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How to Resolve ENS Domains Using JavaScript and QuickNode

Updated on
Feb 28, 2023

How to Resolve ENS Domains Using JavaScript and QuickNode

5 min read


ENS is the leading naming system based on Ethereum; it maps Ethereum addresses to tangible names. Today in this guide, we will learn more about ENS and How to resolve ENS domains using JavaScript library ethers.js and QuickNode.


  • Node.js installed.
  • MetaMask browser extension.

What is an ENS domain?

ENS or Ethereum Name Service is an Ethereum dApp that allows users to map their Ethereum address readable by EVM (Ethereum Virtual Machine) to human-readable form like name.eth. ENS is similar to the DNS (Domain Name Service) of the internet as it allows its users to register for .eth domains. ENS domains are mapped within the network. There is no top-level authority or copyright over the domains that ICANN manages.

Anyone can register an ENS domain to map their Etheruem wallet address or Contract address to a .eth domain name that is currently available and not registered by someone else. Registrar contracts of ENS manage this. The registry contract maintains a list of domains, subdomains, owner of the domains, resolver for the domain, and cache for time-to-live. If it has to do with the domain, it is probably in the registry contract. A resolver is a smart contract that follows ENS contract standards; anyone can be resolved if they follow ENS rules and standards.

So, for example, if someone wishes to find and address for name.eth they will have to send a request to the ENS registry to get the address for the resolver of name.eth. Then once they get that address, they send a request to the resolver to get the mapped address registered for the ENS name.

Now let us see how to register for an ENS domain through their dApp.

How to Register an ENS domain

We will register our ENS on the Ropsten testnet as registering a domain on mainnet requires real ETH to be sent to the registry contract and also for gas fee. So make sure you have MetaMask installed on your browser and have some Ropsten ETH. If you do not have Ropsten ETH, you can get it from the Ropsten faucet.

Make sure you are on the Ropsten testnet network in your MetaMask and head over to ENS dApp; click on connect to connect the MetaMask wallet. Now, search the name you would like to register your address with.

If the searched name is already registered, you will be presented with the following screen:

If the searched term (testname.eth) name is available to register, you will be presented with information like the required ETH to register the domain, the gas fee, and how many years you want to hold the domain.

Click on 'Request To Register' and confirm the transaction in the MetaMask popup window. Once the transaction is confirmed step 1 will be completed. Wait for at least a minute (but not more than 24 hours) for the step to get completed. This is a measure to prevent frontrunning. Then confirm the second transaction from your MetaMask window.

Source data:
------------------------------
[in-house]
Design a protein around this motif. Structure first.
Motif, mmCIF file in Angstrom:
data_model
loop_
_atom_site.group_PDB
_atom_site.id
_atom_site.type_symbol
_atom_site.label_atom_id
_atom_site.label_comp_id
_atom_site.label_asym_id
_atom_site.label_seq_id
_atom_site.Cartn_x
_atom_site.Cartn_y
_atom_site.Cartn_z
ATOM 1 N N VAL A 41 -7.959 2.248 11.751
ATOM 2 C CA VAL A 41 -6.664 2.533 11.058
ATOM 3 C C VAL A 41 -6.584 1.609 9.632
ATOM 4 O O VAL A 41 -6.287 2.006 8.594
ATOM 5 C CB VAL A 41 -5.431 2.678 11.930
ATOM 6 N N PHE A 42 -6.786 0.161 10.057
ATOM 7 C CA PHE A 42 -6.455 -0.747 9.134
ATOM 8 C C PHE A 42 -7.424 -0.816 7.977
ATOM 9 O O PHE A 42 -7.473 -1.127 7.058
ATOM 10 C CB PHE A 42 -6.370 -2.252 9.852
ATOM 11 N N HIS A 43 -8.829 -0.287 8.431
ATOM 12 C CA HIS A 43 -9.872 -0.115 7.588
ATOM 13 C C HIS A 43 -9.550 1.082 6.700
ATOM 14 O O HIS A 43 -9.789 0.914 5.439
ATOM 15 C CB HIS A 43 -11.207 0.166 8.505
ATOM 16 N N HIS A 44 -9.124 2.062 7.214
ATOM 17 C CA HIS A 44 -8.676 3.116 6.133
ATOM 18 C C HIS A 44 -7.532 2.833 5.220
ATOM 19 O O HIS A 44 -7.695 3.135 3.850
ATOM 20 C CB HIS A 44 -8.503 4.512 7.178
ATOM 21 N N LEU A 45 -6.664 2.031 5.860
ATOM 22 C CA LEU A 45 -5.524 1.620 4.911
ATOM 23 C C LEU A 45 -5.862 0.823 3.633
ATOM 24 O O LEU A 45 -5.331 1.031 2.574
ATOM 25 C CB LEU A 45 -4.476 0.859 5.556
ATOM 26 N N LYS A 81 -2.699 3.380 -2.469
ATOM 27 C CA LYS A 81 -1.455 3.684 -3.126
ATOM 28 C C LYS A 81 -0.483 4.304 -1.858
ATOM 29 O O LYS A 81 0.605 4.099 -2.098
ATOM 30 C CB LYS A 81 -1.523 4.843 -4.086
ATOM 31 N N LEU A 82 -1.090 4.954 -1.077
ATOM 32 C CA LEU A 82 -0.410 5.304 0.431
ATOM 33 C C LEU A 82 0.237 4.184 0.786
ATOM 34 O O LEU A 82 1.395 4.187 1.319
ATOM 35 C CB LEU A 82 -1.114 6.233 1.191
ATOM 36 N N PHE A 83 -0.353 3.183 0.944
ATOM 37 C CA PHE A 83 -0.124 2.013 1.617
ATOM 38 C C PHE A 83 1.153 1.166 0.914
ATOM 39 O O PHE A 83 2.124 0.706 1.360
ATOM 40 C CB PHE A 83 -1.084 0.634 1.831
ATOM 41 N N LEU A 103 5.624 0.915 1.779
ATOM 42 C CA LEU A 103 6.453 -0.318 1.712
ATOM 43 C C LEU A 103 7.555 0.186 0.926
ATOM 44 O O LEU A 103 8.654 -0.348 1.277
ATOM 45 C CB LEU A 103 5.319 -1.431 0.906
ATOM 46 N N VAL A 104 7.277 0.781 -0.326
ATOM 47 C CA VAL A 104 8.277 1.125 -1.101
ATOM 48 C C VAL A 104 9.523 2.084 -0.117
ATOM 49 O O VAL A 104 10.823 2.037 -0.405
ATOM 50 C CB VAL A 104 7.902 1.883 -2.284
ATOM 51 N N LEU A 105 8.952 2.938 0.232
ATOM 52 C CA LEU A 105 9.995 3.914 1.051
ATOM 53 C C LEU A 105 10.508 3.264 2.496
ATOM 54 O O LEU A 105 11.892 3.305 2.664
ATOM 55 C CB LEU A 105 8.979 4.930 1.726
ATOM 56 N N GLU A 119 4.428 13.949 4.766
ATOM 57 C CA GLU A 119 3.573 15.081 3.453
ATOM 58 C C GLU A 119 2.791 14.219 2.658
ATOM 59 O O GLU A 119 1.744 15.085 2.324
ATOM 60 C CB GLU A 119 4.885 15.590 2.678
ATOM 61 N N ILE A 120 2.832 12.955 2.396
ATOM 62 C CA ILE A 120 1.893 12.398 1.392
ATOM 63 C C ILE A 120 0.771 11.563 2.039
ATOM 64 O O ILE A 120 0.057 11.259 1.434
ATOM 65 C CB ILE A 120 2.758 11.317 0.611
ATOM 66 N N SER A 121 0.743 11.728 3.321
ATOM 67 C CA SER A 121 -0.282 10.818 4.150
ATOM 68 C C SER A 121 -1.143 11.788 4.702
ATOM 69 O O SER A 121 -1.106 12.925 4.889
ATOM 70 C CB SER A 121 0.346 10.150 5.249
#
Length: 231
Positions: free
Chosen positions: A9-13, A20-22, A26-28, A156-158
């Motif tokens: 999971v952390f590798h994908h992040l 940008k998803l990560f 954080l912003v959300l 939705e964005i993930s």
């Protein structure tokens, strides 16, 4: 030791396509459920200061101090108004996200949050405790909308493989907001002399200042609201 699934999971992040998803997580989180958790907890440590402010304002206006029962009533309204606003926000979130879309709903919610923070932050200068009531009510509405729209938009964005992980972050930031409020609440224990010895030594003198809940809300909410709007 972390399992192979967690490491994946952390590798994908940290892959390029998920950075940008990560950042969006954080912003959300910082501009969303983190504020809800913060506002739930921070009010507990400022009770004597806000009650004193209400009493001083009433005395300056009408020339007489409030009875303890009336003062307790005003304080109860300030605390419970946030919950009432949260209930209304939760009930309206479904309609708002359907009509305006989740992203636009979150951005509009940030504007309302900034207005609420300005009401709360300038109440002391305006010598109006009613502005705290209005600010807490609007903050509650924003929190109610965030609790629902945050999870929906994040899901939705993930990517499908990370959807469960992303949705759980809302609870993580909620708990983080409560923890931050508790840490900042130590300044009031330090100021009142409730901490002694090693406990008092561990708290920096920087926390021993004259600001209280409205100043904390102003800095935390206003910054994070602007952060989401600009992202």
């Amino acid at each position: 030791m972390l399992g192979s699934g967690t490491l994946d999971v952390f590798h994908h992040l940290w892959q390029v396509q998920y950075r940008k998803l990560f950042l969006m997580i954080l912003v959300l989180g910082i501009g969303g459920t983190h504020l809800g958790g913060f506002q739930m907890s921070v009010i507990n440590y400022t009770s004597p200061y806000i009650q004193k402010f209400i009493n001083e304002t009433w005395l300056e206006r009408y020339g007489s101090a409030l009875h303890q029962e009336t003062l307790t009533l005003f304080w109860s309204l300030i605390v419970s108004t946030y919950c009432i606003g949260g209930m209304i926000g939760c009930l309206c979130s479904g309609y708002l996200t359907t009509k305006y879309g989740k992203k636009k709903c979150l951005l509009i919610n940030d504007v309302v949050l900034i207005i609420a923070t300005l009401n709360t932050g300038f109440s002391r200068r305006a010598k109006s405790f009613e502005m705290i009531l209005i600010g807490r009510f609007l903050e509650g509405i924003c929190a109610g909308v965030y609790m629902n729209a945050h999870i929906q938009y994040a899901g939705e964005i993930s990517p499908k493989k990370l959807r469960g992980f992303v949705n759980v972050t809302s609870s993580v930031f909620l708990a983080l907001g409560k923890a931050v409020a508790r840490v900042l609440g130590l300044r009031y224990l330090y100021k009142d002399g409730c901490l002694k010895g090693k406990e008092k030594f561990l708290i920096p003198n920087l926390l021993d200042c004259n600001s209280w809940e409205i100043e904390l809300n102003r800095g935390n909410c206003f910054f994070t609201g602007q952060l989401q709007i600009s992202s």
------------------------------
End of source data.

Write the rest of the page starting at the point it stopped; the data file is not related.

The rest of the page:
Transaction number one generates a secret commitment hash for the name we want to generate, and it is submitted to the registry controller. Transaction number two submits a registration request for the domain name along with the secret commitment hash transaction one generated.

Now, set the name as the primary ENS name:

Now that we have our ENS domain registered let us see how to resolve it using code. To do so, we will need a Ropsten node (as we registered our domain on Ropsten) and a web3 library.

Booting Our Ethereum Node

To serve our purpose today, let us get a free trial Ropsten node from QuickNode to get data from the Ethereum Ropsten Testnet.

Screenshot of Quicknode Ropsten Endpoint

Save the HTTP provider URL as we will use it next.

We have our node in place to talk to the blockchain, so now we can use ethers.js to resolve the ENS domain. If you don't have ethers.js installed, you can follow this guide on How to connect to Ethereum using ethers.js.

How to resolve an ENS domain using JavaScript

Create an index.js file in your working directory and copy-paste the following code into it.

const ethers = require("ethers");

(async () => {
const provider = new ethers.providers.JsonRpcProvider(

const address = await provider.resolveName("YOUR_ENS_DOMAIN_HERE");

const balance = await provider.getBalance("YOUR_ENS_DOMAIN_HERE");

console.log(`Balance of ${address} is:`, ethers.utils.formatEther(balance));

Replace ADD_YOUR_HTTP_URL_HERE with the HTTP provider URL we got in the last step and YOUR_ENS_DOMAIN_HERE with the ENS domain we got earlier.

Explanation of the above code:

Line 1: Importing the ethers.js library.

Line 2: Initializing the async function without any name.

Line 3: Initializing our Ropsten node using the JsonRpcProvider module of ethers providers and pointing it provider variable.

Line 4: Using resolveName method of ethers to get the address mapped to the ENS domain, and saving to address variable.

Line 5: Getting the balance of our address using the ENS domain directly and saving it in the balance variable. Ethers.js has the functionality that an ENS name can be used anywhere in the code instead of an actual Ethereum address.

Line 6: Printing the resolved address along with its balance.

Line 7: Calling the async function.

Save the file and run it using:

node index

The output should look something like this:


Cheers for all the work. In this guide, we learned what ENS is, how to register an ENS domain, and how to resolve an ENS domain using JavaScript library ethers.js and QuickNode. Now you can follow these steps on mainnet to claim your very own .eth domain!

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